2015 EU survey report: Major trends and recommendations
The major findings of the 2015 survey discussed in the report include:
- Support for EU integration is still strong among the population of Georgia, but compared to 2013, the share of those who would vote for EU integration, if a referendum were held tomorrow, dropped from 78% to 61%;
- The fear that the EU will harm Georgian culture and traditions has increased in Georgian society. This fear appears to have contributed to the decrease in the number of supporters of Georgia’s EU membership;
- As was the case in 2013, representatives of the ethnic minority population are the least knowledgeable about the EU and its activities in Georgia, although there is evidence of impressive increases in their knowledge after 2013. Residents of the capital, on the other hand, are the best informed about the EU;
- The population believes that high-ranking Georgian officials benefit more from EU assistance provided to Georgia than regular people do, and knows very little about EU assistance to the general public.
- The Georgian population’s trust towards crucial social and political institutions has been decreasing. The population expresses the least trust in those social institutions, which, potentially, could ensure the democratic development of society – such as NGOs, Parliament, political parties, media and local government.
- That more attention is paid to the coverage of EU-related issues in the traditional media (first and foremost, on television) rather than the Internet, which is often not available in remote rural settlements. Of course, this does not mean relaxing efforts to spread information via the Internet – online resources should be maintained as an important source of information, but efforts should be enhanced to inform those segments of the population who do not use the Internet. Actors should coordinate efforts to produce more informational and educational TV programs about the EU, its aims and its role. Information should be prepared not only in Georgian, but also in the Azerbaijani and Armenian languages.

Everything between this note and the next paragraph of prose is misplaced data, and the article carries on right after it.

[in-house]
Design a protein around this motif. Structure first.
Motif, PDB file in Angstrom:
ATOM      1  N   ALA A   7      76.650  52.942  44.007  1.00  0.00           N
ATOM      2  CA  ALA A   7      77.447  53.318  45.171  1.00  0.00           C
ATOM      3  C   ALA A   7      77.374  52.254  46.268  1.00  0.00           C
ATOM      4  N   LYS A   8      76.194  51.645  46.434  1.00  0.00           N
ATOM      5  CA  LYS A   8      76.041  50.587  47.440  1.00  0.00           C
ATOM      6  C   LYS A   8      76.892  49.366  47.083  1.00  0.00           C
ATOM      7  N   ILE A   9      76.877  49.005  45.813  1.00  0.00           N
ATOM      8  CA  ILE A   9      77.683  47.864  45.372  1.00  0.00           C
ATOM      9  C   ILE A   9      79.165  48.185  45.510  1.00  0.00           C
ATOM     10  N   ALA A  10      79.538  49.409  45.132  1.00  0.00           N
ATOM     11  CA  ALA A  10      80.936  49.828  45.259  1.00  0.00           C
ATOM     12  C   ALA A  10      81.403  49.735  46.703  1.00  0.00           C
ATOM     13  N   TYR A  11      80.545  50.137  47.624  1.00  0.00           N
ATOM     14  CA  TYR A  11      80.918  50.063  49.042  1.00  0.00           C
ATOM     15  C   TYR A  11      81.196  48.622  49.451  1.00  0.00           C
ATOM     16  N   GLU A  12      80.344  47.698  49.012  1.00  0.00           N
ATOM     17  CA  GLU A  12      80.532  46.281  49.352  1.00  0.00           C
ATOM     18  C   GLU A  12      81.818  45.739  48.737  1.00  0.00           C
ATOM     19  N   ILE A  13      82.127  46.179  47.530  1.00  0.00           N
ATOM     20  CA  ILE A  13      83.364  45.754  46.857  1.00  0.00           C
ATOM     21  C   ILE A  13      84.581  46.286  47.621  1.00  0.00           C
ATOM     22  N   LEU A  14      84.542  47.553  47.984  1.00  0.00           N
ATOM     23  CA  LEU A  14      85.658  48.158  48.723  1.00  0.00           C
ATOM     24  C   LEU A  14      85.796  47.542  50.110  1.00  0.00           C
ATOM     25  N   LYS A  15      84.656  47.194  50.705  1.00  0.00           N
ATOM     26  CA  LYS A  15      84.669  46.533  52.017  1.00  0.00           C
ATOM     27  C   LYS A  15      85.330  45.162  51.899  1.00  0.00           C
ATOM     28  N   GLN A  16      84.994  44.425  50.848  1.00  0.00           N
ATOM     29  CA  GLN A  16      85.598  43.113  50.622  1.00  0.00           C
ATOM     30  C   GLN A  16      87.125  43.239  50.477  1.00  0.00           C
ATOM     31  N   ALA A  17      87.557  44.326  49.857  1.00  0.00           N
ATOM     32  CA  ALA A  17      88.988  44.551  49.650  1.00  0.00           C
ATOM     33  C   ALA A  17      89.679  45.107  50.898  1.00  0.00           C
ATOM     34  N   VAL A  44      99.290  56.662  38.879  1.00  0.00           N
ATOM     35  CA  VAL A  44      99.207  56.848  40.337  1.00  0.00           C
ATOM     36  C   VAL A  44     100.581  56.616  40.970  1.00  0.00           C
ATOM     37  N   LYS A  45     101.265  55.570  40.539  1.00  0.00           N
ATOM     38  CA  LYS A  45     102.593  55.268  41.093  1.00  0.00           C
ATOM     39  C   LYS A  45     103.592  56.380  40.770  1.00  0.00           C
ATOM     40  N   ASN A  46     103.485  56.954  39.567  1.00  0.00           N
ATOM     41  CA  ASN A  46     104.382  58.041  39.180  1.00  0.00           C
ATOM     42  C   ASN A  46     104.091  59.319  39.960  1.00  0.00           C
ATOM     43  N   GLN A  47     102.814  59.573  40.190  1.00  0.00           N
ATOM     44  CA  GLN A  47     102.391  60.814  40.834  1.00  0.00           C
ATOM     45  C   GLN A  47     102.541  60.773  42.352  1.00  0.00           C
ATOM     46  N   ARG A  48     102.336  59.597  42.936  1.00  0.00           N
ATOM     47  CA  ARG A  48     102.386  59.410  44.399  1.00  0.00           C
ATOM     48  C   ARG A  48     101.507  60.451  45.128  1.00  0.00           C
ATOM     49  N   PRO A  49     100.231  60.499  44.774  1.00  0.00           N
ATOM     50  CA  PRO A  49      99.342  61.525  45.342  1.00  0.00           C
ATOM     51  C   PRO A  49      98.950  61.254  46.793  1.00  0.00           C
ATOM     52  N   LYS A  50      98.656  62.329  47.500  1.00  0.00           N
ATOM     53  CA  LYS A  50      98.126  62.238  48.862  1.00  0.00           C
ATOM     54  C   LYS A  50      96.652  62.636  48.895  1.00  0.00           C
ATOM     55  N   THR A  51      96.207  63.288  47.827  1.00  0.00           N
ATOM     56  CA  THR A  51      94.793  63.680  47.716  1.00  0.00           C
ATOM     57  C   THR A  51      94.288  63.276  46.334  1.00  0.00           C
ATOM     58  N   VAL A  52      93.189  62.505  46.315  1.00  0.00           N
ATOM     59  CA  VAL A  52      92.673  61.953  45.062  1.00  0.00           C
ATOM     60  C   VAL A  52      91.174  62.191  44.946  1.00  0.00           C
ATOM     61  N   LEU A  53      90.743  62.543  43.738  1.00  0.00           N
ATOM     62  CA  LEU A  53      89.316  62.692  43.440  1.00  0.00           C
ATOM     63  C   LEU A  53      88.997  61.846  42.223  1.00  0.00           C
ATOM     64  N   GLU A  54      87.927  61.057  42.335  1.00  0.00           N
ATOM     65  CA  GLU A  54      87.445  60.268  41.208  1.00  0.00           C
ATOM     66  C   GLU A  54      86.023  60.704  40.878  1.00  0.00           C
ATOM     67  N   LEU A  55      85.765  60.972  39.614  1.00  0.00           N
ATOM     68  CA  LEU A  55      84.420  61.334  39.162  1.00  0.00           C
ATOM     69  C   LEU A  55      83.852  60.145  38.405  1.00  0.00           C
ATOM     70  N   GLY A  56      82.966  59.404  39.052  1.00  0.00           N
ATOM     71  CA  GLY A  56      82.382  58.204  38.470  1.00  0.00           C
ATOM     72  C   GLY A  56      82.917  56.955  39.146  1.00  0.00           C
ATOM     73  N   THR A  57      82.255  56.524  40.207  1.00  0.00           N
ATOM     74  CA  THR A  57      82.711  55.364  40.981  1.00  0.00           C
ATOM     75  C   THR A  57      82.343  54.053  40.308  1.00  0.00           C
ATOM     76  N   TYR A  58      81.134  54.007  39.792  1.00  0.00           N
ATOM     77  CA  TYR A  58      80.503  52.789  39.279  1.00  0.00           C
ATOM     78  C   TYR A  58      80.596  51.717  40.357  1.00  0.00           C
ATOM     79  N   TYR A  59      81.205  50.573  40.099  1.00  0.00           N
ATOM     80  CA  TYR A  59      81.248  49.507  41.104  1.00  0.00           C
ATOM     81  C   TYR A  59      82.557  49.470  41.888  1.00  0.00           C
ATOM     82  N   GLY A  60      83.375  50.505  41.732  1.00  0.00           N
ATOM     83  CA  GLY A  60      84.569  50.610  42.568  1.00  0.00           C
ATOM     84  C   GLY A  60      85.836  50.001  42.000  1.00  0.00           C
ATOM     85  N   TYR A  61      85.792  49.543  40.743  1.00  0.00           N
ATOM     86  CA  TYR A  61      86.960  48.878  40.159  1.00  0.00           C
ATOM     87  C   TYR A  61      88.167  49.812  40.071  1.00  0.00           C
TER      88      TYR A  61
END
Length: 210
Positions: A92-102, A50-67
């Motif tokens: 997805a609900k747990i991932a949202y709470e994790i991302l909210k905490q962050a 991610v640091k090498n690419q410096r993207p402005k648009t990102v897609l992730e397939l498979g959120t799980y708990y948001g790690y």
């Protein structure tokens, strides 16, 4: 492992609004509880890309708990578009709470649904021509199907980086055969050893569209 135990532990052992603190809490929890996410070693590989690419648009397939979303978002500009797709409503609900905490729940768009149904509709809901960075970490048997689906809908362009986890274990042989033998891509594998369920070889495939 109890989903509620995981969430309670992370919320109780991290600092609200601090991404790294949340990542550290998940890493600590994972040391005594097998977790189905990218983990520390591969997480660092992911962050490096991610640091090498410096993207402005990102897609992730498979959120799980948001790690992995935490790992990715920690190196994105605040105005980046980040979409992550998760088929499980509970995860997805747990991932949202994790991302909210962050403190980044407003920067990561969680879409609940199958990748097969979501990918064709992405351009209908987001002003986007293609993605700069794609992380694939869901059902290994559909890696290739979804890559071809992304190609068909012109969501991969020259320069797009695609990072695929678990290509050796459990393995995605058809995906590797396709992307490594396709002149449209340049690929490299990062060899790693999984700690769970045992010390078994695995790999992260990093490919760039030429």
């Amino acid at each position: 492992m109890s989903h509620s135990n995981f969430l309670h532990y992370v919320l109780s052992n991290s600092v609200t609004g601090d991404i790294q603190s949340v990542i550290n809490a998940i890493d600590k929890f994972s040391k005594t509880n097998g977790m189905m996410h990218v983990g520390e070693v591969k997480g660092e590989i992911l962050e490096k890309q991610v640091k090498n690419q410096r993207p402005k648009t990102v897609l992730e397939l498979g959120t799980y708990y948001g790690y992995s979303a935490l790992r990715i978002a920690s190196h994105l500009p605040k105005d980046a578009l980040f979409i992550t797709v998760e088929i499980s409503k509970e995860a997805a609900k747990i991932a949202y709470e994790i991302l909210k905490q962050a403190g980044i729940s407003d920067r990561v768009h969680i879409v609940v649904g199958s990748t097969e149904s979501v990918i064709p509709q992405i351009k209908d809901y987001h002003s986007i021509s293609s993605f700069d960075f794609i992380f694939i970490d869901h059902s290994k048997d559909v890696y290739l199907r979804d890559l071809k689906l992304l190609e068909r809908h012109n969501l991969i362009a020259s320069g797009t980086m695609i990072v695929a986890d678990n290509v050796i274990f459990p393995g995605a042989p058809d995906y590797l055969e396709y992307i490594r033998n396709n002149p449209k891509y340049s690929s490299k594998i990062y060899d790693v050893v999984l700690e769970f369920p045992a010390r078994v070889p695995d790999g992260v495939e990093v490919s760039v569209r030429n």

- That documents concerning EU assistance spending are made public and accessible, thereby informing society about the diverse profile of its actual beneficiaries. Journalists may produce reports and/or programs recounting the personal stories of ordinary people – farmers, students, nurses, etc. – about the role of EU assistance in their lives. It is important to cover the stories of beneficiaries in various sectors, for example - education, healthcare, civic engagement, the rule of law and the protection of human rights.
- That the reasons behind the fear that the EU is threatening Georgian culture and traditions are thoroughly studied, in order to understand the nature of this fear and the reasons that have contributed to its intensification since 2013. Actors should find ways of relieving or eliminating the fear. Coming to an understanding of what exactly people see as “Georgian traditions”, which of these are being threatened and how, could be a first step in this direction.
- That efforts are enhanced to increase the efficiency of governmental and nongovernmental organizations operating in the country in order to boost the population’s trust in these institutions. One of the first steps in this direction may be a thorough study into the reasons for distrust in the population.
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The Georgian media landscape is often described as pluralistic but ‘extremely polarised’. But does the media merely reflect the prevailing political polarisation or cause it?